Half a dozen EU members want new sanctions on Russia watered down

Half a dozen EU members want new sanctions on Russia watered down
Half a dozen EU members want new sanctions on Russia watered down / bne IntelliNews
By bne IntelliNews December 1, 2023

Half a dozen EU member states want new sanctions in the twelfth sanctions package watered down to limit the economic damage they will do to their economies, Reuters reported on November 30.

The EU is caught in a dilemma between trying to make the flagging sanctions regime on Russia more effective, and at the same time preventing the same sanctions bouncing back and doing more damage to EU economies than they do to Russia in a boomerang effect.

The six countries, there are unnamed, but likely Central European states, are resisting some of the European Commission's latest proposal for sanctions against Russia. Particularly contentious is  a "no Russia clause," retaliatory financial limits, and the enforcement of sanctions on personal-use goods, according to sources familiar with the matter, Reuters reports.

the twelfth sanctions package is currently being debated and is due to be approved at an EU summit in mid-December. Amongst other items on the docket is a ban on the sale of Russian diamonds and some aluminium products that is likely to hurt Belgium’s economy, which buys half of Russia’s diamond exports, and small- and medium-sized enterprises (SMEs) in Europe that rely on the import of Russian aluminium wire and pipes, according to The Federation of Aluminium Consumers in Europe (FACE).

The EU member states argue that the new proposal could have adverse consequences for global trade and ultimately fail in achieving its intended objectives, according to Reuters’ sources.

During an ambassadorial meeting this week, representatives from these countries highlighted problems with Article 12 G in the proposal, referred to as the "No Russia clause." Under the proposal, EU exporters would be required to implement a re-export prohibition to Russia across all items listed in the Commission's custom codes. This includes a wide range of daily-use items, extending beyond those of military significance for Russia.

Critics argue that implementing such a complex system would be burdensome for small entrepreneurs in countries like Brazil. They believe the focus should be on regulating critical goods rather than applying sweeping restrictions.

As bne IntelliNews has reported the West is increasingly playing a game of whack-a-mole as companies exports to intermediatory states on Russia’s list of friendly countries soars making it next to impossible to prevent significant leakage to the sanctions regime.EU exports to Central Asia of cars, machinery and technology have jumped by hundreds of percent in the last year, and in some cases by thousands of percentage points.

The latest version of the proposal was supposed to be released in mid-November, but now has now been delayed a month as wrangling continues. As a result of talks an exemption was added to exclude the use of sanctioned goods for personal use from the sanctions package. Some EU countries had started confiscating cars and luggage, even toothpaste, belonging Russians crossing EU borders, which was eventually ruled illegal. Border guards justify these confiscations based on a sanctions list of items that could potentially generate revenue for Russia if resold.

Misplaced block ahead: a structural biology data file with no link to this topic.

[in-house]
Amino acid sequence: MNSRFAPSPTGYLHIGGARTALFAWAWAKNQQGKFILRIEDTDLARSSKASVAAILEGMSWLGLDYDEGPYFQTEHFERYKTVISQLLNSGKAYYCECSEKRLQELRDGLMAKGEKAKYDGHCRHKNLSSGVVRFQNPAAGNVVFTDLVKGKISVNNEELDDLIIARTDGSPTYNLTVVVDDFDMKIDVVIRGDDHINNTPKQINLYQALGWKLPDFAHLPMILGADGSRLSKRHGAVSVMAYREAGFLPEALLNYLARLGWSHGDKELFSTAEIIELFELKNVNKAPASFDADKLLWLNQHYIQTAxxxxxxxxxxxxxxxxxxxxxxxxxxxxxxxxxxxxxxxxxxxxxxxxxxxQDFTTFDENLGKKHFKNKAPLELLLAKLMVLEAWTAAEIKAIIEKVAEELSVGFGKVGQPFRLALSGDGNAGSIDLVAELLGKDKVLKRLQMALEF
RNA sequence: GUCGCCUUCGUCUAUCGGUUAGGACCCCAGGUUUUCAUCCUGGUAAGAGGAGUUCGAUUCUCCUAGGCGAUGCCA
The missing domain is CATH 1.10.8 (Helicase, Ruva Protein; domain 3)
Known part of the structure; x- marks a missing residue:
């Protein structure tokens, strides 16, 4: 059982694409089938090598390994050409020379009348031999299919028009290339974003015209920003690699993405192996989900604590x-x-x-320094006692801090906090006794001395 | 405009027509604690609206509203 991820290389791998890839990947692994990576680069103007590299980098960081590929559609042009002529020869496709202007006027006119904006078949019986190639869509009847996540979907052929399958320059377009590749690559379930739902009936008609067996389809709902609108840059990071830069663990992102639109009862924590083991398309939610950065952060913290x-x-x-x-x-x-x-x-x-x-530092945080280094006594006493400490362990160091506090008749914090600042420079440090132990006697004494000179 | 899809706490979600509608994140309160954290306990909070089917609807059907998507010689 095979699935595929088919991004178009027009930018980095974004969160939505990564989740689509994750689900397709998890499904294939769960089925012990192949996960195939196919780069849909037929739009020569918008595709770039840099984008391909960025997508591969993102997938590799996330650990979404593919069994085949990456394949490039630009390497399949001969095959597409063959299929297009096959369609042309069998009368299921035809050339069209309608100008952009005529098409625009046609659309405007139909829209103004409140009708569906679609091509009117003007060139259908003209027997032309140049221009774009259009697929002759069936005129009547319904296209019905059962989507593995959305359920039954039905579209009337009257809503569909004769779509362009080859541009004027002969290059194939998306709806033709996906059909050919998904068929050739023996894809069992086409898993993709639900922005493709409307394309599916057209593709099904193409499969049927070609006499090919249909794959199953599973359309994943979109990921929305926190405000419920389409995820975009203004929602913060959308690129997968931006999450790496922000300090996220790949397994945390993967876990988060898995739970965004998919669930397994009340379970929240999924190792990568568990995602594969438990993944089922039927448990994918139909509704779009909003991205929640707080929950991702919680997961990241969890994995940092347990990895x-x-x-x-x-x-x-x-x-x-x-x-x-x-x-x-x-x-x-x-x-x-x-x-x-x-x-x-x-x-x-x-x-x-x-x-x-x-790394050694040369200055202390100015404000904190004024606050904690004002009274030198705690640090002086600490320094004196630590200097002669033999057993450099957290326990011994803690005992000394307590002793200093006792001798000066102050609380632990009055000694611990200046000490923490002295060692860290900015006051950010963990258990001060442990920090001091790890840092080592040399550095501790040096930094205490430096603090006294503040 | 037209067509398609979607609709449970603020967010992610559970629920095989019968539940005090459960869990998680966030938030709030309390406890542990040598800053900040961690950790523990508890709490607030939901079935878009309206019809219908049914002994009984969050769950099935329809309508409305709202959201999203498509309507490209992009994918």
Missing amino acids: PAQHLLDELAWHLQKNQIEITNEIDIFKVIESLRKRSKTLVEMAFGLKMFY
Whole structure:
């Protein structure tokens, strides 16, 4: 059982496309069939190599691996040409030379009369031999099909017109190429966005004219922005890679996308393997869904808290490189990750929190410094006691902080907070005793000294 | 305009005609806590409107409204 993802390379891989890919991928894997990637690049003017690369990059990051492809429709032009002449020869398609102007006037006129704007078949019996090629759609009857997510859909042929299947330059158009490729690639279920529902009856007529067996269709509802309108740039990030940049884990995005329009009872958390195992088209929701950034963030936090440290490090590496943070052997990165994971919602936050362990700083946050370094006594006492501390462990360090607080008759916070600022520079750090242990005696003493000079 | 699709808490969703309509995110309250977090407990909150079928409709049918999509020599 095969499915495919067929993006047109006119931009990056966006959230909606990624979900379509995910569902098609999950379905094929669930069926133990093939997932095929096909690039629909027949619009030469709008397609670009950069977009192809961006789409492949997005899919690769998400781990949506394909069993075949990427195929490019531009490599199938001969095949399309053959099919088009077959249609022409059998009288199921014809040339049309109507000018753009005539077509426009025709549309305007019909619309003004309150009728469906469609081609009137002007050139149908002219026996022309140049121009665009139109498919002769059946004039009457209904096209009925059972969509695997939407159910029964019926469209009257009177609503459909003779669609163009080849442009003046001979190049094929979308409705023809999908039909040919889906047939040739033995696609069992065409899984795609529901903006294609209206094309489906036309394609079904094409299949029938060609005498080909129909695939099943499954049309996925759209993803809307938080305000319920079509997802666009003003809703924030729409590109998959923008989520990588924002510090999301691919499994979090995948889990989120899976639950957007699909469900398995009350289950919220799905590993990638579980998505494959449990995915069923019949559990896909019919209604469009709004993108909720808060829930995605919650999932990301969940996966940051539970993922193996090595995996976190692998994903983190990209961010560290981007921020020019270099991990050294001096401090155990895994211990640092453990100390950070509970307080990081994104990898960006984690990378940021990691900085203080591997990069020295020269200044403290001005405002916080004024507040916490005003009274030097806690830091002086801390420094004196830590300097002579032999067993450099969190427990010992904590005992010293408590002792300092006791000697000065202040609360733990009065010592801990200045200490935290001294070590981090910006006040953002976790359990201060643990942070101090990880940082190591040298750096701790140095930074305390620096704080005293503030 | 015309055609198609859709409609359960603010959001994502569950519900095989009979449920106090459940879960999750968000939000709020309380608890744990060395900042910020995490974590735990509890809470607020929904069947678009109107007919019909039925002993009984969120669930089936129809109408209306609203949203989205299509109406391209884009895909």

Critics of the proposed measures argue that requiring EU authorization for "any transfer of funds" by a Russian entity or national in Russia out of the EU is overly burdensome without clear transaction thresholds. Many countries are said to have objected to this provision.

An indirect ban on Russian diamond imports is more likely to go through, albeit in a watered down form that phases the ban in slowly. Also changes to how the G7 oil price cap on Russian oil is implemented have not been actively discussed. On controversial proposal was to ask Denmark to block the straits out of the Baltic Sea and check documents of Russian ships to ensure the terms of the oil price sanction cap were being adhered to. Some 70% of Russian seaborne oil exports pass through these straits. However, a naval blockade would be an act of war – and by a Nato member on Russian shipping, so this proposal is unlikely to make it into the final document. The EU is awaiting technical guidance from the G7 on these questions, expected in the coming weeks.

The EU and G7 are working to tighten controls on Russia’s oil exports, but despite initial success, the oil senctiosn are looking like a spent cannon as Russian oil revenues continues to rise due to a growing shadow fleet of tankers, mainly composed of aging Western vessels.

In addition to these measures, the EU is considering adding certain metals products and liquefied petroleum gas (LPG) to its list of banned products in the twelfth sanctions package. While the initial proposal included a three-month wind-down period for these items, the latest version extends the wind-down period to one year.